Beachborn Onya Nees Sea Salt Shampoo Bar (P320 naked, P350 with travel tin from the Beachborn stall in Megamall and stockists)

This local brand first hit fame with their sea salt spray so I was curious about how they would do with a shampoo version. Designed to clarify and volumize, the brand recommends this formula for those with flat and oily hair. And volumize it did! Though it felt like it stripped all moisture from my hair as I rinsed it off, I was surprised to see it had better body once it had dried. Nine’s usually limp waves also looked more curled and bouncy! While the volumizing effect looked great on us, it was overkill for Crystal and Claire who found that it made their hair unruly. Claire particularly found that it emphasized her frizziness but muses that the messiness looks intentional, like celebrity beach hair.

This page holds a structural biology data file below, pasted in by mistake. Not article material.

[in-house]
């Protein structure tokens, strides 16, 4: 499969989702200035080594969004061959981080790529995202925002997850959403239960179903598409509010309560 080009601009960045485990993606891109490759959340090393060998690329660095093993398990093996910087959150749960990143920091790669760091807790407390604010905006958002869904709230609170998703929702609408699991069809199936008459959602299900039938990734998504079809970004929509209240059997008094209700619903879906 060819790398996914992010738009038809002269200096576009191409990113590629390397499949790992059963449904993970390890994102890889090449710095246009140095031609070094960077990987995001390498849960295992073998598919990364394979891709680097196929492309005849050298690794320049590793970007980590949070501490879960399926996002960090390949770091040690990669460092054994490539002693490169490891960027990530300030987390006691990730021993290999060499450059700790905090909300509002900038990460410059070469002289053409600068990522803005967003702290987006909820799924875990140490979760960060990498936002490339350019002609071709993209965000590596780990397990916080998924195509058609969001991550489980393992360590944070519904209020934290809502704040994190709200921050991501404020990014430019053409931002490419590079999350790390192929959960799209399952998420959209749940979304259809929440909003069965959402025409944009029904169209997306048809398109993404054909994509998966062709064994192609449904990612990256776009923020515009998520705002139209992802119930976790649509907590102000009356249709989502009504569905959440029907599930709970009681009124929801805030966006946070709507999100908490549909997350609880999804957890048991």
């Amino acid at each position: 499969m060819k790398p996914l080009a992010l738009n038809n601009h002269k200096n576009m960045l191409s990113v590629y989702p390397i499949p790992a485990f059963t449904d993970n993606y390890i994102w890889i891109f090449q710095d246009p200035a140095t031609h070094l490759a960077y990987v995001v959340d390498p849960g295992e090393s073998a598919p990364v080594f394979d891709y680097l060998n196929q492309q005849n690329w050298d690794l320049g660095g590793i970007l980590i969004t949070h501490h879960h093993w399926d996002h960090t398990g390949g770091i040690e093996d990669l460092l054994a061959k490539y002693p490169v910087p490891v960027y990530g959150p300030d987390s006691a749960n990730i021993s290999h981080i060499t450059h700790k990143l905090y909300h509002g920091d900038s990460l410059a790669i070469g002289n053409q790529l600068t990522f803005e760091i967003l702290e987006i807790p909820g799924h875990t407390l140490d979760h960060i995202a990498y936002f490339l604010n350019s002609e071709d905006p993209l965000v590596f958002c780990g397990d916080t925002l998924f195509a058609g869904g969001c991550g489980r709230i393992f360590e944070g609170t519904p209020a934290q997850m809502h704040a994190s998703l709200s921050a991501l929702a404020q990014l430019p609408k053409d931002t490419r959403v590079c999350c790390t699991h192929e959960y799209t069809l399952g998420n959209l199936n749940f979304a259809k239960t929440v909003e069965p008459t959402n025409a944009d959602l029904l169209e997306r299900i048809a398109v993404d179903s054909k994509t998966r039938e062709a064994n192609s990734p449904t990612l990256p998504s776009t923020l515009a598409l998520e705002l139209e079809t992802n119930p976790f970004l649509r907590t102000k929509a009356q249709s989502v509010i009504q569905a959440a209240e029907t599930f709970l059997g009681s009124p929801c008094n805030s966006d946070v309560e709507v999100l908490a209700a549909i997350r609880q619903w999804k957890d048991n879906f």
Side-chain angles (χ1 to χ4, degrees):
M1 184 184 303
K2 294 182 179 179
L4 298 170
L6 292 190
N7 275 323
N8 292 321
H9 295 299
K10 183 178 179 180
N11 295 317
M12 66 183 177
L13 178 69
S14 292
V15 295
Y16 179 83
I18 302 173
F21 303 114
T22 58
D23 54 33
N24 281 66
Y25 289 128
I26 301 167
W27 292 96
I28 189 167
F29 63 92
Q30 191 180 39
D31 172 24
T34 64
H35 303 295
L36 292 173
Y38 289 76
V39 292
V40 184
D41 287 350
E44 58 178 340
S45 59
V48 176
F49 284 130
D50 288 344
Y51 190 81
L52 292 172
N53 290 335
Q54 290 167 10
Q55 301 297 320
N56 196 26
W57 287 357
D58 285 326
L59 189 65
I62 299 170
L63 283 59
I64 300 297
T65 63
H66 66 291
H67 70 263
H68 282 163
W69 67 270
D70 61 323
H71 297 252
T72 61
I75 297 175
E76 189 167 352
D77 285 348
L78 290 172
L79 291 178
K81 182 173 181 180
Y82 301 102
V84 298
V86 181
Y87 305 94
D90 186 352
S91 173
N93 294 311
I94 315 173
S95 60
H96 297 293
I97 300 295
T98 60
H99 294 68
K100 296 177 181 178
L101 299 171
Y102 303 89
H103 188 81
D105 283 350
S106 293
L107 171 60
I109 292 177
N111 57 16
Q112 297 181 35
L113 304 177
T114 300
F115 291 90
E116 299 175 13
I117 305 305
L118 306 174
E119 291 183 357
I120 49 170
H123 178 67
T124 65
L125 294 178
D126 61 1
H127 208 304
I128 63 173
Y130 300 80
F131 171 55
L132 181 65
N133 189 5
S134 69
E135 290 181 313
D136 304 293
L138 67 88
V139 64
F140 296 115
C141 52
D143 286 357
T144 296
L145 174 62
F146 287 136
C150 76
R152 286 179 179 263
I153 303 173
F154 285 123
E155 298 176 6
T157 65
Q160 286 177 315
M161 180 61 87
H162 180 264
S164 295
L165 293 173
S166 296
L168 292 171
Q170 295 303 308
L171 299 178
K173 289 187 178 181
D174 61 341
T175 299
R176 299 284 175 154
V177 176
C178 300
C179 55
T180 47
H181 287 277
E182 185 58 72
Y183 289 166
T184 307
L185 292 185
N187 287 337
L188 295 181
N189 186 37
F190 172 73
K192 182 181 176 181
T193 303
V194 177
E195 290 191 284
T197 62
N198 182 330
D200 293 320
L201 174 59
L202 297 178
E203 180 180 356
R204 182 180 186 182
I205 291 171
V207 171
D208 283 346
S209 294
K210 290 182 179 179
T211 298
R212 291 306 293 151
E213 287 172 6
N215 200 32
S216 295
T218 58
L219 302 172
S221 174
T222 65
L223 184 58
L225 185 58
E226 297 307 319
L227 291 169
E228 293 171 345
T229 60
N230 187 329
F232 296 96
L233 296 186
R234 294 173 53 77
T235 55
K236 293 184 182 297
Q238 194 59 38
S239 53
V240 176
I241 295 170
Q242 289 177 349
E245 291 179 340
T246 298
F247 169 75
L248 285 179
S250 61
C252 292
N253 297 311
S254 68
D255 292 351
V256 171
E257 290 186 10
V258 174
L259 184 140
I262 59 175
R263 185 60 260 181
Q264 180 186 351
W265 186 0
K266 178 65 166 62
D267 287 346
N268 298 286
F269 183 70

Crystal appreciates the clarifying properties of this shampoo as it minimized her scalp’s itchiness, but it aggravated mine. As much as I liked the volume it gave my hair, I had to stop using this because it made my scalp super itchy.


Ecobar Detox + Heal Shampoo Bar (P160 no box, P170 with box from stockists)

Described as “low foam, non-stripping, and color-safe”, I thought the combination of activated charcoal, tea tree oil, and neem would be of interest to those with oily and acne-prone skin. It also claims to “provide protection from scalp problems such as dandruff and psoriasis” though we couldn’t test that in this challenge. Crystal and I agree that this has the most pleasant scent among the bars we tried!